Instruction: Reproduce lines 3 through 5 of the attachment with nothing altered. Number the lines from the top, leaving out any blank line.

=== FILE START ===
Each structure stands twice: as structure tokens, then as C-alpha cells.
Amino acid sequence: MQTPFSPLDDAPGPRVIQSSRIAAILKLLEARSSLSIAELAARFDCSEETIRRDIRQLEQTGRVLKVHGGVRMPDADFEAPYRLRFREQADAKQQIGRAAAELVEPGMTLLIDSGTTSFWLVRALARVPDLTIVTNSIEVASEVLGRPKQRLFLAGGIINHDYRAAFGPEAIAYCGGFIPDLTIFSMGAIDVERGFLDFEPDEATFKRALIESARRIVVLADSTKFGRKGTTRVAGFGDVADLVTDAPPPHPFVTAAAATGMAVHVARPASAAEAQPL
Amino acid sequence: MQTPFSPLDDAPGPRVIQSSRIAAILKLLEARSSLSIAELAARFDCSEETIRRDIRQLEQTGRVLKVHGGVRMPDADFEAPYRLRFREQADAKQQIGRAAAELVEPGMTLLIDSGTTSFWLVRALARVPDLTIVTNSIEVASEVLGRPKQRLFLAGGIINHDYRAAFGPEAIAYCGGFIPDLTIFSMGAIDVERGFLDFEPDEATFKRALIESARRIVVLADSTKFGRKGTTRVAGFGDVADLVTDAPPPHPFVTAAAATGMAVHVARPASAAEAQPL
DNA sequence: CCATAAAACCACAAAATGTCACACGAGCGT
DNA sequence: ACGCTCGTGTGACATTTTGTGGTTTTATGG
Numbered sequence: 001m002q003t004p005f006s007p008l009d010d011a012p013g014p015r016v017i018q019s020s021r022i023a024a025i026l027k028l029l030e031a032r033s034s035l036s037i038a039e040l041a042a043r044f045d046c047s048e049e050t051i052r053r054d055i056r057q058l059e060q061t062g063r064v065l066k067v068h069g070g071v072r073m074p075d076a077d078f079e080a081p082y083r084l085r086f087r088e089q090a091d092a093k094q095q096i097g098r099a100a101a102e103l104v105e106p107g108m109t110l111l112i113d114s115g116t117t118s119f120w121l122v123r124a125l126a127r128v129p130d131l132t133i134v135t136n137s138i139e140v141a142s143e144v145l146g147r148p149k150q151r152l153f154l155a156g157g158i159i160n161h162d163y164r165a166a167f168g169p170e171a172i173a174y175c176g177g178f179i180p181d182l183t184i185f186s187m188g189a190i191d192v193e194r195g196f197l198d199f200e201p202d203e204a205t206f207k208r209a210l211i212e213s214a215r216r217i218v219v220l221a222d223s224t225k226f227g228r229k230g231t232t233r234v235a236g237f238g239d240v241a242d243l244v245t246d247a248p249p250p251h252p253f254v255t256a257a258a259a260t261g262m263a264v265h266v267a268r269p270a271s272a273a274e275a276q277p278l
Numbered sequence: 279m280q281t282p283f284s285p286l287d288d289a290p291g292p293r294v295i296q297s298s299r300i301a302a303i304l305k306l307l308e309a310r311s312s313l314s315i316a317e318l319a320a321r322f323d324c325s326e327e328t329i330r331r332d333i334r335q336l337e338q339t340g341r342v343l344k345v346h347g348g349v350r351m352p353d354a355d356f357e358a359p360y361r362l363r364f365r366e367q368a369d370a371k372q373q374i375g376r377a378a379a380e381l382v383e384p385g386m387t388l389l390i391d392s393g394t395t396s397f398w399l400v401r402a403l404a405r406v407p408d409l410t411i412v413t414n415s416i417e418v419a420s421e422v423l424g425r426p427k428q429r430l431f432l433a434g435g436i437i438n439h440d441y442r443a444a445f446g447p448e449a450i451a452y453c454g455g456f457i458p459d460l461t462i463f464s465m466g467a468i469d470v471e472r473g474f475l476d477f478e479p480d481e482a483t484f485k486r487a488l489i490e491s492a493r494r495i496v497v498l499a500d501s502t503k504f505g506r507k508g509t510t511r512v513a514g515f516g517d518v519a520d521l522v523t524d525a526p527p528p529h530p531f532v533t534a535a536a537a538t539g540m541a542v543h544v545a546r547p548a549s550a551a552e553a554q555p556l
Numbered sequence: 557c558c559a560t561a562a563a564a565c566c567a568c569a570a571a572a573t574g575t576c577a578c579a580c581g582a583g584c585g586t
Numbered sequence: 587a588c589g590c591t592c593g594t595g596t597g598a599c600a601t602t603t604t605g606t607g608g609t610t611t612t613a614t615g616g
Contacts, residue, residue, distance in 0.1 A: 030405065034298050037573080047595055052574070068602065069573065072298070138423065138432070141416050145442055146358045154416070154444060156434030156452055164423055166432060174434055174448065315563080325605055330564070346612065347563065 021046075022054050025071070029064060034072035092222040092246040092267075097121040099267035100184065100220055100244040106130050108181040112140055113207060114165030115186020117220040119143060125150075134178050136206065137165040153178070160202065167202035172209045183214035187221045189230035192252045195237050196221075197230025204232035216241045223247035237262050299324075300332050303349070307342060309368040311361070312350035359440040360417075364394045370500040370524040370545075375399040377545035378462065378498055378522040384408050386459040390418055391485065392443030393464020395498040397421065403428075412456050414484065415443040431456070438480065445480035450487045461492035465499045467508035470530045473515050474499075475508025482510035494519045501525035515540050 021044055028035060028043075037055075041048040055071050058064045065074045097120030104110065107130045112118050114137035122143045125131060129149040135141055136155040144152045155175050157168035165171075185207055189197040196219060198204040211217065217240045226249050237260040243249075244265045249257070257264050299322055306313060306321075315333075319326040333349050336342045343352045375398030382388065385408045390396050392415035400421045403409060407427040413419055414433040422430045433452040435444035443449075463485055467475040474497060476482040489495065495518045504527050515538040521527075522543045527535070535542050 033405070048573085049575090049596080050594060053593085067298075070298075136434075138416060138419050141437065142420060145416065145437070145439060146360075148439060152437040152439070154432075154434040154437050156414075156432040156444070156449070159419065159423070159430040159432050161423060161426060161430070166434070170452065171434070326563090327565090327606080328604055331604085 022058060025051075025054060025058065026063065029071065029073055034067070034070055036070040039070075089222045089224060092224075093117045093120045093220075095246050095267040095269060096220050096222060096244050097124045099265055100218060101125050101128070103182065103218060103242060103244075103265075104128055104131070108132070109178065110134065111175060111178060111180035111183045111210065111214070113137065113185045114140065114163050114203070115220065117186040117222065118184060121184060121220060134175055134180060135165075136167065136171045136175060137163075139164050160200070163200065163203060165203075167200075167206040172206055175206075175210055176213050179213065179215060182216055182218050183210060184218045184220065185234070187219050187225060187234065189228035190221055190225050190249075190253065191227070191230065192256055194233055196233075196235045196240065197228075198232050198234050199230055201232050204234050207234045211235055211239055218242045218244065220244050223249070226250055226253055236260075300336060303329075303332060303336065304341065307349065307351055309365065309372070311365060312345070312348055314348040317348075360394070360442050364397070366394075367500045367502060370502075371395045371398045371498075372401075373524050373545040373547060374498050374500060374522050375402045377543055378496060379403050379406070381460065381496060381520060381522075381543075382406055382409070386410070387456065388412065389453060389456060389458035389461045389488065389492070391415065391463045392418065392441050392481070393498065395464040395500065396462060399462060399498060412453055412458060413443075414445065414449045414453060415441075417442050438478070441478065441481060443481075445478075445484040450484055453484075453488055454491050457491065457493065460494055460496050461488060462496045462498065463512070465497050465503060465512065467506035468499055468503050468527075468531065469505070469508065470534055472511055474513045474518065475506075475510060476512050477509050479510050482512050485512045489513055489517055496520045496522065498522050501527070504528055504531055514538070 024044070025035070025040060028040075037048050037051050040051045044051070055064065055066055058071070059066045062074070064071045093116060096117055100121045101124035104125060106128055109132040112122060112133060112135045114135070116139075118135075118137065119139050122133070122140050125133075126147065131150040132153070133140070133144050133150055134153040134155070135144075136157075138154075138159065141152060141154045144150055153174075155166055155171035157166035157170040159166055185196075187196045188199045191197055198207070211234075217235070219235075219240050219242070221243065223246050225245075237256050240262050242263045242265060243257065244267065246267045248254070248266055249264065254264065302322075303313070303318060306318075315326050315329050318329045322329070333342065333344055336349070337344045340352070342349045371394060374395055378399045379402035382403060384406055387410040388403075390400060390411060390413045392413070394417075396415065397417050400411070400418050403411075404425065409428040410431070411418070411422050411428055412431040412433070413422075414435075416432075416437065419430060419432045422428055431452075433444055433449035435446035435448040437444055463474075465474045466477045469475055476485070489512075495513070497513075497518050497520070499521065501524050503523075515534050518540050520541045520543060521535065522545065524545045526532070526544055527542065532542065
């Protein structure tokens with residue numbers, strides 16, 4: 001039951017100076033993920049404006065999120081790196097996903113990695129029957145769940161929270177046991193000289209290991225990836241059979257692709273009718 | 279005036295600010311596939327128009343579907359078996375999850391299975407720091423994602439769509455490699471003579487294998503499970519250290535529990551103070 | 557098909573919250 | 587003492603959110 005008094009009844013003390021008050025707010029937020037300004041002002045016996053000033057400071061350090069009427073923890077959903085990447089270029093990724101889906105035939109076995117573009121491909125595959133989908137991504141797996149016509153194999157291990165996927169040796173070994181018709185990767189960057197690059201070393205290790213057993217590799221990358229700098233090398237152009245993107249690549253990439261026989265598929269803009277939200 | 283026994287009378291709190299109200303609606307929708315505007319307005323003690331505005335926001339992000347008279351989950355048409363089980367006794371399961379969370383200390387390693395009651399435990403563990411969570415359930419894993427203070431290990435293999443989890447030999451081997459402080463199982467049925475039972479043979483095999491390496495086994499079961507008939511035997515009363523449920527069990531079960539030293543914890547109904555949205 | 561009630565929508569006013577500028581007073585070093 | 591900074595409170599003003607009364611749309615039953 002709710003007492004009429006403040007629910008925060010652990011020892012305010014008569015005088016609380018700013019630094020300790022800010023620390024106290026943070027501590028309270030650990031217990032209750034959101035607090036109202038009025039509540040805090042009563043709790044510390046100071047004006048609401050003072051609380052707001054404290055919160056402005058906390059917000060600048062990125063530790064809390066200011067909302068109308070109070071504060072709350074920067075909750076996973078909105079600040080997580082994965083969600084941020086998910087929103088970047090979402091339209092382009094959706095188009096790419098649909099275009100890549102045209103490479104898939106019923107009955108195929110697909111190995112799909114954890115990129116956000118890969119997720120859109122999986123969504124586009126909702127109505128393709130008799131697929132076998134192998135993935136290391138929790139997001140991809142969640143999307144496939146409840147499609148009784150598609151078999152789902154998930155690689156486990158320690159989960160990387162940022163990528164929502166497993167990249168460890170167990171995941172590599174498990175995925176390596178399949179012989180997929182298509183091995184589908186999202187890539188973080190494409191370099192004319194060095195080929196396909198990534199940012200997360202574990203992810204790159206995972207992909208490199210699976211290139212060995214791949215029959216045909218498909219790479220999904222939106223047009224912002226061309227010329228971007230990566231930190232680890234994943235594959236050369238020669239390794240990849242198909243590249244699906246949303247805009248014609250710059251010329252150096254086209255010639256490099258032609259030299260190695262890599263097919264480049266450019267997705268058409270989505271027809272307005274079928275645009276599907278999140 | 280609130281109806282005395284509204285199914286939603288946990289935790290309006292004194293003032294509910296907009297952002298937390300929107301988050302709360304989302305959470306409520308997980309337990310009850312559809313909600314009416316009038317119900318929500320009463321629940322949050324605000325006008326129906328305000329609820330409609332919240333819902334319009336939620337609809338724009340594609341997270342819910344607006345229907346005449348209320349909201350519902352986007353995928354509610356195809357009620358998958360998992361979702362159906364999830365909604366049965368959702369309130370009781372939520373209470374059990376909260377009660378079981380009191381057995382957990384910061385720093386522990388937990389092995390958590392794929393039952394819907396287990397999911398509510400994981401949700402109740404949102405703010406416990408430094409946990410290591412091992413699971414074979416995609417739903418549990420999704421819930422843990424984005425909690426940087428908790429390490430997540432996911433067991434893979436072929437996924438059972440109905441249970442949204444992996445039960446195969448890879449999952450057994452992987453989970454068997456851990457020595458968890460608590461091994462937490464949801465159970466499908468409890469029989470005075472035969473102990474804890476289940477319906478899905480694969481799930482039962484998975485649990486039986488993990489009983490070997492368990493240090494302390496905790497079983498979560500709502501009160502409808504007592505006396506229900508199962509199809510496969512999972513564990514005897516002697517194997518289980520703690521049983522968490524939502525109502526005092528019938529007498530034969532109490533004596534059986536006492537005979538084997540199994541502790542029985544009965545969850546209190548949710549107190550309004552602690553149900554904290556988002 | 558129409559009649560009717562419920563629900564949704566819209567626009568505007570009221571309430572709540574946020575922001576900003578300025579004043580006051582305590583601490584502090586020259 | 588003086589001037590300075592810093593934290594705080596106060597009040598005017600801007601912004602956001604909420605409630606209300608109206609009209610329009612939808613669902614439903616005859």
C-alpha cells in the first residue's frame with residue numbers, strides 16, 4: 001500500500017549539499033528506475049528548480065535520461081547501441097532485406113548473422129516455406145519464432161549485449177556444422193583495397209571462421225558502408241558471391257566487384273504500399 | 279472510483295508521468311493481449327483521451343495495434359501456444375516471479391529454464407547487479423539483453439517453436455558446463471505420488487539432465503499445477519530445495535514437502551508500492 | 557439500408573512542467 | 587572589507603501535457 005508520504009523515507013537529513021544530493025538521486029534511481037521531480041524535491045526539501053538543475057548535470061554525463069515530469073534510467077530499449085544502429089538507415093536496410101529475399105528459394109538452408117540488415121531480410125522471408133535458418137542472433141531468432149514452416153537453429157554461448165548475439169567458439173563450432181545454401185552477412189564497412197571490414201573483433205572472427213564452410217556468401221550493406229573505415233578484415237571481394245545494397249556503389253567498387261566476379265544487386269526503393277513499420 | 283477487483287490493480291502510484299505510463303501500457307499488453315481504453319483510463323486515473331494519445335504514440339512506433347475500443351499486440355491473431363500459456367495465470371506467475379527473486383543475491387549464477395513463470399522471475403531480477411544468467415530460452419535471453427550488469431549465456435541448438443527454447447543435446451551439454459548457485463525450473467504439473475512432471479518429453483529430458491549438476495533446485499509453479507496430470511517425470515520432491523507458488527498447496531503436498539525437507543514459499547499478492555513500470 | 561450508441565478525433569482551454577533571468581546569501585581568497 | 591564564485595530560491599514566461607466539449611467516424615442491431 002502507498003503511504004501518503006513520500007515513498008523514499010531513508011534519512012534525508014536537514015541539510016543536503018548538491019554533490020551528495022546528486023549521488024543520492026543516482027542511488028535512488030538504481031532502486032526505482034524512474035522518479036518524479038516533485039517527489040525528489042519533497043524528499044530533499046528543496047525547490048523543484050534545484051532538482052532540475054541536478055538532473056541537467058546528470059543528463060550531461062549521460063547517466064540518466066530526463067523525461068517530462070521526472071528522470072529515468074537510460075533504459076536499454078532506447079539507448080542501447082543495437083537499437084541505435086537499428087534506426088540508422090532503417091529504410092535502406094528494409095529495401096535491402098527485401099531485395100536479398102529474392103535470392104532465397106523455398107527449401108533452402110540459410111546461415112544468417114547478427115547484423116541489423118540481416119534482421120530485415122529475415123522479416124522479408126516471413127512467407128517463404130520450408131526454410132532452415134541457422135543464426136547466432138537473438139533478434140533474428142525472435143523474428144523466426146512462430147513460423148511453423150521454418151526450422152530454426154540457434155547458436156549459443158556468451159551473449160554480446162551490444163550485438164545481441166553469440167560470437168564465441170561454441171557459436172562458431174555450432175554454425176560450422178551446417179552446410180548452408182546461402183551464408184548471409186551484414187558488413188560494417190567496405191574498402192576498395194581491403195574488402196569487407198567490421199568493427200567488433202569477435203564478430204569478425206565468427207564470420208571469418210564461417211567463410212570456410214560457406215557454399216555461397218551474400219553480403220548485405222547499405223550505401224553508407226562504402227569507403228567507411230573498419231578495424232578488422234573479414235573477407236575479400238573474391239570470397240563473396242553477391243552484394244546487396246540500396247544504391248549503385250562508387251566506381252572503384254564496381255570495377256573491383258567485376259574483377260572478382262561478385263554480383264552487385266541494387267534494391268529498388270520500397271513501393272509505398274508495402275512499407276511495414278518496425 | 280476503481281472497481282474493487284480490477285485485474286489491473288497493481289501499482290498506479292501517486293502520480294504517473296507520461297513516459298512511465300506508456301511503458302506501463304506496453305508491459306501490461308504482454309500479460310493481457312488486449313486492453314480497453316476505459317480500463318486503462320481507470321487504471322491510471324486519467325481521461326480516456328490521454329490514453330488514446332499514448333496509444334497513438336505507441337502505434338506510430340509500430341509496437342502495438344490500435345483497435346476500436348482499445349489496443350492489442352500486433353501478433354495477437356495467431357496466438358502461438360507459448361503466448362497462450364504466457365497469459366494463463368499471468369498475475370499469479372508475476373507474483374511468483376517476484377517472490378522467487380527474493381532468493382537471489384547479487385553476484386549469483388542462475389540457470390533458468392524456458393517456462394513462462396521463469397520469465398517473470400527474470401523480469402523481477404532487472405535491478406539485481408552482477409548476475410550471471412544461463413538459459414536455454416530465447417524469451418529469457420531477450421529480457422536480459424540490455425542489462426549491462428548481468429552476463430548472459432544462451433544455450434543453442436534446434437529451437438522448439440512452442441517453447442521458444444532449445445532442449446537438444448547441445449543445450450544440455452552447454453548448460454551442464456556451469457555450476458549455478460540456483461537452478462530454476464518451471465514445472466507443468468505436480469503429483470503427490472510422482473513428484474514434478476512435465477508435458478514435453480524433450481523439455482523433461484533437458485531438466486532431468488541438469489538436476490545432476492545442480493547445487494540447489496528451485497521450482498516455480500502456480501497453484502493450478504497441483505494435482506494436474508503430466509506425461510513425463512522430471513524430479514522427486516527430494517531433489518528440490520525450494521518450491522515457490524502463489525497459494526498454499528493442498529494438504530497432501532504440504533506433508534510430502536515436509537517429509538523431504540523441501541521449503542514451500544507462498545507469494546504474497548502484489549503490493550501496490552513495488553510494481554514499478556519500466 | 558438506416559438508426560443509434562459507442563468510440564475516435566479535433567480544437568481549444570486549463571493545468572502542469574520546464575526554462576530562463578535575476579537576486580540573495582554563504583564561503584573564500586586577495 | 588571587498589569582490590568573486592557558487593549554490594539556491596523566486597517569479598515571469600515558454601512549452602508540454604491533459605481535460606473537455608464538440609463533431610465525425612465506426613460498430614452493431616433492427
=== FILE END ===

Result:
Amino acid sequence: MQTPFSPLDDAPGPRVIQSSRIAAILKLLEARSSLSIAELAARFDCSEETIRRDIRQLEQTGRVLKVHGGVRMPDADFEAPYRLRFREQADAKQQIGRAAAELVEPGMTLLIDSGTTSFWLVRALARVPDLTIVTNSIEVASEVLGRPKQRLFLAGGIINHDYRAAFGPEAIAYCGGFIPDLTIFSMGAIDVERGFLDFEPDEATFKRALIESARRIVVLADSTKFGRKGTTRVAGFGDVADLVTDAPPPHPFVTAAAATGMAVHVARPASAAEAQPL
DNA sequence: CCATAAAACCACAAAATGTCACACGAGCGT
DNA sequence: ACGCTCGTGTGACATTTTGTGGTTTTATGG